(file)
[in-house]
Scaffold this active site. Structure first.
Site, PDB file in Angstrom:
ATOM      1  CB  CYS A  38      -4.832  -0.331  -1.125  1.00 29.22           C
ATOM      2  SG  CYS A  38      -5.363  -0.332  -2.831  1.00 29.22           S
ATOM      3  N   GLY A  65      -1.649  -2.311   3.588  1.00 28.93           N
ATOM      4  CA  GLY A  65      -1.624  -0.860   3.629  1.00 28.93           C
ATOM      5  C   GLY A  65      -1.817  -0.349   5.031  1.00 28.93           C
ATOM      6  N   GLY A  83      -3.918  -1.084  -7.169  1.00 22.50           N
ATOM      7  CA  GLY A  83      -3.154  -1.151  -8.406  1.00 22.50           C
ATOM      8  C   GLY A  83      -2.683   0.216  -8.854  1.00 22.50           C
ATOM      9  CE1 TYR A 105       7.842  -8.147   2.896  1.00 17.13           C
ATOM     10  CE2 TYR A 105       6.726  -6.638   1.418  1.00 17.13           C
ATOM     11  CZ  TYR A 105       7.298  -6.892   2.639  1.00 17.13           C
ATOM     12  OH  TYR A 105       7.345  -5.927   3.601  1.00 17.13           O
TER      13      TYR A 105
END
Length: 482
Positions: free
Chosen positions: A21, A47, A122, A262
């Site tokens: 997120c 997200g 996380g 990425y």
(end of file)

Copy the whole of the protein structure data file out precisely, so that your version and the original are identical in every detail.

[in-house]
Scaffold this active site. Structure first.
Site, PDB file in Angstrom:
ATOM      1  CB  CYS A  38      -4.832  -0.331  -1.125  1.00 29.22           C
ATOM      2  SG  CYS A  38      -5.363  -0.332  -2.831  1.00 29.22           S
ATOM      3  N   GLY A  65      -1.649  -2.311   3.588  1.00 28.93           N
ATOM      4  CA  GLY A  65      -1.624  -0.860   3.629  1.00 28.93           C
ATOM      5  C   GLY A  65      -1.817  -0.349   5.031  1.00 28.93           C
ATOM      6  N   GLY A  83      -3.918  -1.084  -7.169  1.00 22.50           N
ATOM      7  CA  GLY A  83      -3.154  -1.151  -8.406  1.00 22.50           C
ATOM      8  C   GLY A  83      -2.683   0.216  -8.854  1.00 22.50           C
ATOM      9  CE1 TYR A 105       7.842  -8.147   2.896  1.00 17.13           C
ATOM     10  CE2 TYR A 105       6.726  -6.638   1.418  1.00 17.13           C
ATOM     11  CZ  TYR A 105       7.298  -6.892   2.639  1.00 17.13           C
ATOM     12  OH  TYR A 105       7.345  -5.927   3.601  1.00 17.13           O
TER      13      TYR A 105
END
Length: 482
Positions: free
Chosen positions: A21, A47, A122, A262
């Site tokens: 997120c 997200g 996380g 990425y």